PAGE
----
Red Grouse

Lagopus lagopus scotica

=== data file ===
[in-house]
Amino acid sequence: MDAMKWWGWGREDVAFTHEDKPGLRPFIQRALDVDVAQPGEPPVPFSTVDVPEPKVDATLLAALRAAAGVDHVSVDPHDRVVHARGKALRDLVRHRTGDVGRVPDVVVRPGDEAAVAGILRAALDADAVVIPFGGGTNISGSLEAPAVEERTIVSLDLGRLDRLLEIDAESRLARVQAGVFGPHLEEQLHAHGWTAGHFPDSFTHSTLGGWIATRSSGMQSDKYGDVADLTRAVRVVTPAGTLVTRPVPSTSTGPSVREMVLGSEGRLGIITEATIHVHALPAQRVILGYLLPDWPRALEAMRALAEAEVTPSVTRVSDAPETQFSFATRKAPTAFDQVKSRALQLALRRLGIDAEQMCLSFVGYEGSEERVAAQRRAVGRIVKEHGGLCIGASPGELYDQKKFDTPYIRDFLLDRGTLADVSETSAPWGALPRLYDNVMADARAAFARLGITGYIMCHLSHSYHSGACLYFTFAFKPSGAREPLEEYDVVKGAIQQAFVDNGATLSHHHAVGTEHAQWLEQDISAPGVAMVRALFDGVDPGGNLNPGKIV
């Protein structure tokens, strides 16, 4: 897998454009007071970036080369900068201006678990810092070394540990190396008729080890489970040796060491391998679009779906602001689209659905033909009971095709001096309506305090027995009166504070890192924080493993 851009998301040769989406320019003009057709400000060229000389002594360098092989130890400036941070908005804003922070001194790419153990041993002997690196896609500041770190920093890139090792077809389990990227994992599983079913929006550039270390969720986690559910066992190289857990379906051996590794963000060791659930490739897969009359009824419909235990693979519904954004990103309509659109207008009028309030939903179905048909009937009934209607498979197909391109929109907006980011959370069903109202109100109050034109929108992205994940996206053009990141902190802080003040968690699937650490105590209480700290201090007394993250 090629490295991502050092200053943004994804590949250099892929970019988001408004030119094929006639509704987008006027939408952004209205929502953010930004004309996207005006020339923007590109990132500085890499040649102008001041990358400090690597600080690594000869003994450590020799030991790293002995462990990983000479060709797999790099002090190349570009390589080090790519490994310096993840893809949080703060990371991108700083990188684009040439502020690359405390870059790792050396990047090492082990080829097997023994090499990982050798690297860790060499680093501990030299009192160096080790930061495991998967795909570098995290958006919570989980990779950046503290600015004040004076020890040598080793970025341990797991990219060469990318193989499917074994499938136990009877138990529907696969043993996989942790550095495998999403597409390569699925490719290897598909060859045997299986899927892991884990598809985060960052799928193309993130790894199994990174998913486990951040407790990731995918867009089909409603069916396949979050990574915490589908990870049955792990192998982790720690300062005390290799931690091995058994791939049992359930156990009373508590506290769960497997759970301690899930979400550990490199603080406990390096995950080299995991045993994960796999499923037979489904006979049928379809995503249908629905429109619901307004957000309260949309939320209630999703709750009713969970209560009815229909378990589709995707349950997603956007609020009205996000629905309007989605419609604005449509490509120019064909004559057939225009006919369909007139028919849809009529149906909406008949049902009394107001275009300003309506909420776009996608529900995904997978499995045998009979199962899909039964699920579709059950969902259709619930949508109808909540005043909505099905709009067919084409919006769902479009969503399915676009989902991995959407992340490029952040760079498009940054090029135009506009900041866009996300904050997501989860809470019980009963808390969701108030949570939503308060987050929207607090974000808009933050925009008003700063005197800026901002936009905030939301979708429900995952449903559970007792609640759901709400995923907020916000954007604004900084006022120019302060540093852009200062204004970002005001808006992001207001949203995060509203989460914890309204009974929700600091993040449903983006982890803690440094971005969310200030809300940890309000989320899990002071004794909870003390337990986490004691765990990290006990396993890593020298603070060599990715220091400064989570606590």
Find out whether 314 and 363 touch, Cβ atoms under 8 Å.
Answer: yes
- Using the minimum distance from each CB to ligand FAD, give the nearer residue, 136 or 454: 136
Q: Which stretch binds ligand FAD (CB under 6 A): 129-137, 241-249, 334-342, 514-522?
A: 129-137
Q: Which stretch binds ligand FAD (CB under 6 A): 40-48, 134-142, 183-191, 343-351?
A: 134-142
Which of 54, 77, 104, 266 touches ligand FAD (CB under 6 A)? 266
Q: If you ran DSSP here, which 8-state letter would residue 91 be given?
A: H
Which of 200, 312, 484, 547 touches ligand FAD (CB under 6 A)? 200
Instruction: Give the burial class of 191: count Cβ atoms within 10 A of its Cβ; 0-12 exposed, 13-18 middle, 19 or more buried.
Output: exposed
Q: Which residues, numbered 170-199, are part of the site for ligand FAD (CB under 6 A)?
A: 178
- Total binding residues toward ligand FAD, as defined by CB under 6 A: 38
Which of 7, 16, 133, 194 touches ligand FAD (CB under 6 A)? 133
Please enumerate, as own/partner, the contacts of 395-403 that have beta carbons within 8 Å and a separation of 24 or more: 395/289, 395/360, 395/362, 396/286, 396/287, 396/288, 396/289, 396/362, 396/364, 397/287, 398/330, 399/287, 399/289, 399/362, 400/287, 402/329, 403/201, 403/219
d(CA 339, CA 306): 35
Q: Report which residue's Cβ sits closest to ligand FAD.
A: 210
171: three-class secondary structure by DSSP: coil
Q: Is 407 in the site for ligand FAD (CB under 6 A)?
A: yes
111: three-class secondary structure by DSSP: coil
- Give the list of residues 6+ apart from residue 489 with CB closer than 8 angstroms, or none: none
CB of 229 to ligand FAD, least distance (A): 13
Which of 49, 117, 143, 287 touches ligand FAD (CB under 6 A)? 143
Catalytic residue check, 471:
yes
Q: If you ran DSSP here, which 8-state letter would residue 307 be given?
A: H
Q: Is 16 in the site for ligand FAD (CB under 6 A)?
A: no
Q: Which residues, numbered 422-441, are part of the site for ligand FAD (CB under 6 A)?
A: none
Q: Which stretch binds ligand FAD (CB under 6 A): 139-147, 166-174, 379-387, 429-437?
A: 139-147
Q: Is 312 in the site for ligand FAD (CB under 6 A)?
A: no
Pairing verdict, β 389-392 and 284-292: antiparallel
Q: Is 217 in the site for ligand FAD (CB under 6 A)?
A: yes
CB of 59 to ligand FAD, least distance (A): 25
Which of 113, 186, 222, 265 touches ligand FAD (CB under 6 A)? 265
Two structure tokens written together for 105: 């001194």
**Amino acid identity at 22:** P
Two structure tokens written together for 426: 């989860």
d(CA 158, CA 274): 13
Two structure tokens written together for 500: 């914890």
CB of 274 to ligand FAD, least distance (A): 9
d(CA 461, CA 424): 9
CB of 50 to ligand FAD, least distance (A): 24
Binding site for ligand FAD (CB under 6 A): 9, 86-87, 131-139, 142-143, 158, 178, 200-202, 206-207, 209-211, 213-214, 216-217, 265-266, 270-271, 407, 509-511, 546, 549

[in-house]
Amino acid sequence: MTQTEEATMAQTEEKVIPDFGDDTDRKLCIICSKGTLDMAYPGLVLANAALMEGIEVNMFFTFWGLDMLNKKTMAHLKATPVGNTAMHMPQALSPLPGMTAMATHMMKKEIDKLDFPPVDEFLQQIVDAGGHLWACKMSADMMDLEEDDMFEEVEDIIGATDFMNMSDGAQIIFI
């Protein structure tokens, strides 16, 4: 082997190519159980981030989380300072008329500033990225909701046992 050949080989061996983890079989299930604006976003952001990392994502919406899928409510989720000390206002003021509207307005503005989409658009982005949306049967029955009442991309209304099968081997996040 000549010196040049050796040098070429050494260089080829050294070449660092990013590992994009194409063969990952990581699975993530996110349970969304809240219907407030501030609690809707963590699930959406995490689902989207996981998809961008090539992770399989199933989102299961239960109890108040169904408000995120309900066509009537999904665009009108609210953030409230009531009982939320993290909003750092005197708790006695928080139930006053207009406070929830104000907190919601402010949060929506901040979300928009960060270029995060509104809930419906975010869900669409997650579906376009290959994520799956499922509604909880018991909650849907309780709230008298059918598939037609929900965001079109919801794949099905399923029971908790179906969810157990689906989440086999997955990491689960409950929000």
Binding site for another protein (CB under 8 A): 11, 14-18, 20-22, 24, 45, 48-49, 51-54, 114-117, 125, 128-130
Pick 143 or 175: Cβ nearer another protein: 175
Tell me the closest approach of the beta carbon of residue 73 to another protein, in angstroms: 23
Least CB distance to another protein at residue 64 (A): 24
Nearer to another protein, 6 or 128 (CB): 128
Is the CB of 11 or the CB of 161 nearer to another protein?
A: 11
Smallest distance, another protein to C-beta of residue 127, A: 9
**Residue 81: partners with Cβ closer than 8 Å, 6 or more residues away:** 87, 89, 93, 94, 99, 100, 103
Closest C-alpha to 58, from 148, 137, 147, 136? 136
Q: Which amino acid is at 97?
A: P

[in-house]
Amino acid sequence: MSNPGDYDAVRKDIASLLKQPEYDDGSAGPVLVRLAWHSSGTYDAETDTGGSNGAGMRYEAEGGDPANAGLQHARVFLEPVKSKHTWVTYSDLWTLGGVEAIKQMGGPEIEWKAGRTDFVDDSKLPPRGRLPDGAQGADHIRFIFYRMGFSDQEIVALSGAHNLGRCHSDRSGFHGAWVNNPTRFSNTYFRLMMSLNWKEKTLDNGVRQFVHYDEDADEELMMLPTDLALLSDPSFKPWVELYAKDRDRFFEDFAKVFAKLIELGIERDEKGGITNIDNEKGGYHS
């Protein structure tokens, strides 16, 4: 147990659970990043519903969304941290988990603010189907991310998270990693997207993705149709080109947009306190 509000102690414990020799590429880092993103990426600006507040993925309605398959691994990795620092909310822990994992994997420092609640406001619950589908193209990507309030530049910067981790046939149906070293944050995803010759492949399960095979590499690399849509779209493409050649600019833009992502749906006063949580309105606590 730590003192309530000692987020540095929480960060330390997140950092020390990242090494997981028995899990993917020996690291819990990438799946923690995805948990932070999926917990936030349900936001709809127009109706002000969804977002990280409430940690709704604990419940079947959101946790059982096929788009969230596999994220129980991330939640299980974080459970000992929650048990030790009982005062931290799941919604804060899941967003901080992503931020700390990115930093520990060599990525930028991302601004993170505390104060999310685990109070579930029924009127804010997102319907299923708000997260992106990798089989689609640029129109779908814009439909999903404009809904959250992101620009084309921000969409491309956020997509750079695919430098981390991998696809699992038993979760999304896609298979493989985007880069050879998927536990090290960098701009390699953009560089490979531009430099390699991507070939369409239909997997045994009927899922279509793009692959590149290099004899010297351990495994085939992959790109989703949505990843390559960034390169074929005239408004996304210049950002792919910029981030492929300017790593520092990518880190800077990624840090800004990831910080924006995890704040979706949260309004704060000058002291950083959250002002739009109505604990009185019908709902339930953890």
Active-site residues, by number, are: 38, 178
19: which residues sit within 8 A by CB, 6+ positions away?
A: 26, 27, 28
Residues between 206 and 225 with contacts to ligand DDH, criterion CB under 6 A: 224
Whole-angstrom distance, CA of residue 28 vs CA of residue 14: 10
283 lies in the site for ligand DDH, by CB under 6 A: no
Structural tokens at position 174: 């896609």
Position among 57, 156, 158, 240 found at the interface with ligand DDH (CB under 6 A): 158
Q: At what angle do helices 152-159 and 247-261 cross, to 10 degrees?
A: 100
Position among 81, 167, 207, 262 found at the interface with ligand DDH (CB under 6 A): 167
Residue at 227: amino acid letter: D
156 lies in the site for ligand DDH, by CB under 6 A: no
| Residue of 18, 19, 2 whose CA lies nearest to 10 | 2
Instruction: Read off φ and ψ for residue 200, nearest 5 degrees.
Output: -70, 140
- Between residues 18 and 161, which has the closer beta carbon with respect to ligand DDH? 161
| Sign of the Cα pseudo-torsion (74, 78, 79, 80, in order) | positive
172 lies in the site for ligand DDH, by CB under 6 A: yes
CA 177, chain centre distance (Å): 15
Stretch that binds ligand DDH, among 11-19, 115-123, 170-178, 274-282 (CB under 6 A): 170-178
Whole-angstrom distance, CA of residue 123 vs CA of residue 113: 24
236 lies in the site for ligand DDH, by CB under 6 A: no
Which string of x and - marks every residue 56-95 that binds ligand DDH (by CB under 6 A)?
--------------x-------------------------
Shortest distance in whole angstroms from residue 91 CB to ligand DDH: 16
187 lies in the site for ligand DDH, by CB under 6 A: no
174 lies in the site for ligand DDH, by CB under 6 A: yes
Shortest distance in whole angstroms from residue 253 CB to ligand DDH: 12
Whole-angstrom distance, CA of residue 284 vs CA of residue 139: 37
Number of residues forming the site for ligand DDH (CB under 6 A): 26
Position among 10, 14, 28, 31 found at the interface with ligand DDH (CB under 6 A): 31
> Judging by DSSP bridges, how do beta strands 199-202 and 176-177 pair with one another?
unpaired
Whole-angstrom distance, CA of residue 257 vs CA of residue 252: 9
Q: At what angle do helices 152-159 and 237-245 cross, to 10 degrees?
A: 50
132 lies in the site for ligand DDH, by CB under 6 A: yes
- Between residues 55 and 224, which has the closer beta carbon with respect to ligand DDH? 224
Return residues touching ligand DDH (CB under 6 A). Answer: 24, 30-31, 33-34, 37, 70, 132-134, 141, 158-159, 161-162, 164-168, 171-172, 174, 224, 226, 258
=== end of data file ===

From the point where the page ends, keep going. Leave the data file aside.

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The red grouse, a subspecies within the ptarmigans genus of birds, is native to the British Isles. It has been introduced to numerous other areas as a very popular gamebird amongst hunters, similar to the common pheasant in Germany. Its gamey red-brown meat is most prized. Contrary to its name and unlike, for example, the willow grouse, it does not acquire a seasonal, white winter plumage. Both sexes have a thick plumage and a similar rufous colouration and dark vermiculations. In contrast to the rock ptarmigan, it does not have bright whitish underparts. In summer, its plumage is somewhat brighter, although the smaller female generally has a lighter tone than the male. About the size of a chicken, the red grouse is a little bit larger than the rock ptarmigan. Its habitats consist predominantly of marsh and moorland. As fast and capable runners, they live primarily at ground level. They are vegetarian and subsist on willow, birch, cranberries and bog bilberry for the edible buds, leaves and shoots. Bog bilberries (also known as bilberry, bog blueberry, northern bilberry or western blueberry) belong to the bilberry genus and are poisonous to humans if eaten raw. To render the fruits edible they are processed into jam, puree or juice.

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